Driven to a corner on this issue on the eve of an important by-election, the Minister opened another front, this time a case of corruption against the most sacred of all institutions, the Union Public Service Commission.

The charge was that a son of the Leader of the Opposition had obtained the top marks for the personality test of the Civil Services Examination two years ago by using his father’s influence.

The logic was that the candidate had secured very low marks in the written examination and that the extra marks obtained by him got him barely on to the merit list. The only evidence was that the Leader of the Opposition had gone to Delhi at the same time and the demand was that all his calls should be traced to see whom he called to influence the interview board.

The cynical attack on the UPSC and its integrity bewildered everyone as such a charge was never made in the long history of the UPSC examinations, which had selected the reputed steel frame of independent India.

For the Minister, however, it was simply an extension of the Kerala Public Service Commission, whose level of corruption had gone beyond comprehension.

“The UPSC is not composed of angels,” said the Minister, knowing that angels were hard to find in the Kerala outfit. Regardless of the truth about the personality test marks of the son of the Leader of the Opposition, this marked a new kind of culture of corruption, which, if true, will call into question the legitimacy of the civil servants, past and present.

Everyone knows the rigorous institutional system the UPSC has established to make sure that no loopholes exist in the selection process. The personality test is designed in such a way that nobody will know in advance who the board members are for any candidate.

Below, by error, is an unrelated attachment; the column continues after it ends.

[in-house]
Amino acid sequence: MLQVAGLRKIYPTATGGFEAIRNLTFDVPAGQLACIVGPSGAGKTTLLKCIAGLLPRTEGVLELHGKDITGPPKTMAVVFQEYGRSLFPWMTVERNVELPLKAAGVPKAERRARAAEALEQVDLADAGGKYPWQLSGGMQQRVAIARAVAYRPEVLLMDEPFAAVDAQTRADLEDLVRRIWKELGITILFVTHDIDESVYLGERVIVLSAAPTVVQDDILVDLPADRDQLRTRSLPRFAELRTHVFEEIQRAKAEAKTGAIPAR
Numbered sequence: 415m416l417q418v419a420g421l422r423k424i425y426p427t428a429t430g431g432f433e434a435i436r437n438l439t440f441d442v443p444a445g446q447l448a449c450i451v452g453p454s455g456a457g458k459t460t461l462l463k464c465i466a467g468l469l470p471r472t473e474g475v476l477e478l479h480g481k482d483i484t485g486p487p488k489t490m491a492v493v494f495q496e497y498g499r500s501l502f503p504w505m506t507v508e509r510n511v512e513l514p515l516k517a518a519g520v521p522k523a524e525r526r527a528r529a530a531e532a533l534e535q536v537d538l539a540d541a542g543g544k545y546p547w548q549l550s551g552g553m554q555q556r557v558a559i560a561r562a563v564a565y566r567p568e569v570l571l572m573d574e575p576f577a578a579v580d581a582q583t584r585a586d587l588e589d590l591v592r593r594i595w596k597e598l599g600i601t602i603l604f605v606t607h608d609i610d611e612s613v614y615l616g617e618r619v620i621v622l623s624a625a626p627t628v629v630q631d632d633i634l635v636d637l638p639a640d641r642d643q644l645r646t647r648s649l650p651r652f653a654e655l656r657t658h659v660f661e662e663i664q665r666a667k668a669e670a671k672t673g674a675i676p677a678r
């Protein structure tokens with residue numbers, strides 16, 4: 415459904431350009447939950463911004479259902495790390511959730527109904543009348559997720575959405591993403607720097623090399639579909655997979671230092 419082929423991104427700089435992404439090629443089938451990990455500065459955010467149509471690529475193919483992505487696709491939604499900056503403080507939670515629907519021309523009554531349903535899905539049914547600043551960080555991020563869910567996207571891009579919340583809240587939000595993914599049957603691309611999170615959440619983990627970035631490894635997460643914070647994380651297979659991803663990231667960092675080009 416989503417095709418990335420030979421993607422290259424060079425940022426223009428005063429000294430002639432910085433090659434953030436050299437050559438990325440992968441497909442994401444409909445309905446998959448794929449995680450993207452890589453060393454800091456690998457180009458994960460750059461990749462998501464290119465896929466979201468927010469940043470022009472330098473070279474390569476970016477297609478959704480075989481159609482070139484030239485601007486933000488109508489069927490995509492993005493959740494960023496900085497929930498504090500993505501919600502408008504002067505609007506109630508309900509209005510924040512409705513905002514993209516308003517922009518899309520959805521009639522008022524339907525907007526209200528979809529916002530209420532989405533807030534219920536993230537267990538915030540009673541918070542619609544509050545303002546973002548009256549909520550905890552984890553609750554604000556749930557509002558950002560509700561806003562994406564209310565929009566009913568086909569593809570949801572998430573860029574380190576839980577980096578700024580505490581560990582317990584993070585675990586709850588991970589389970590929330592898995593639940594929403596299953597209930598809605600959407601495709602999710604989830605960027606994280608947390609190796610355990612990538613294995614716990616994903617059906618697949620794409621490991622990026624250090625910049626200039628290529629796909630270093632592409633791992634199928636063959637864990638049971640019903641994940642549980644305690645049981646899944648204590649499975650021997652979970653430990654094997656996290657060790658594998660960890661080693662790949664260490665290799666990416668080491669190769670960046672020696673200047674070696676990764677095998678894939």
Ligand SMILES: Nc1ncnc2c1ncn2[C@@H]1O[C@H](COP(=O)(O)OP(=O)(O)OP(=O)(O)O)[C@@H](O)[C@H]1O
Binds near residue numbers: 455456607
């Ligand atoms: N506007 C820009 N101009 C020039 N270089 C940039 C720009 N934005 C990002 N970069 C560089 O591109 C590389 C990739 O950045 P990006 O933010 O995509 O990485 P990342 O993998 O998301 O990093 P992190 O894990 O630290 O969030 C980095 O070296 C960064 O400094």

The whole thing is so suffocating that an IAS officer from Kerala who worked at that desk asked for a change after one year because he was sealed in a cocoon. To accuse such a system of favouring the son of a relatively junior politician was nothing but blasphemy.

But people swallowed the story hook, line and sinker as the culture of corruption is so rampant in Kerala.

As a result of this development, new meaning has been attributed to a candidate, who was caught getting answers to questions live by a wireless contraption during a UPSC examination.

He was already in the IPS and had scored highest marks in the country in the ethics paper. As the controversy was raging, the story came that a sub-collector in Kerala had submitted false certificates to get his OBC status fixed out of the creamy layer.

The Minister quoted these cases to prove that all was not well with the selection of civil service officers. Incidentally, the corruption charges levelled against some Kerala cadre officers lent credibility to the Minister’s charge.

The new culture of corruption in Kerala fails to recognise the reduction in corrupt practices in the Central government. Since the Kerala Public Service Commission is known to be corrupt and there have been cases of corruption among IAS officers, it is presumed that the UPSC cannot be beyond suspicion. The new allegation emanating from Kerala against the UPSC opens a new battle front between Kerala and the Centre.

(The writer is a former Ambassador of India and Governor for India of the IAEA. He is also the Chairman, Academic Council and Director, NSS Academy of Civil Services and Director General of the Kerala International Centre)

(Disclaimer: The opinions in this article are those of the author’s alone and not necessarily those of The Lede)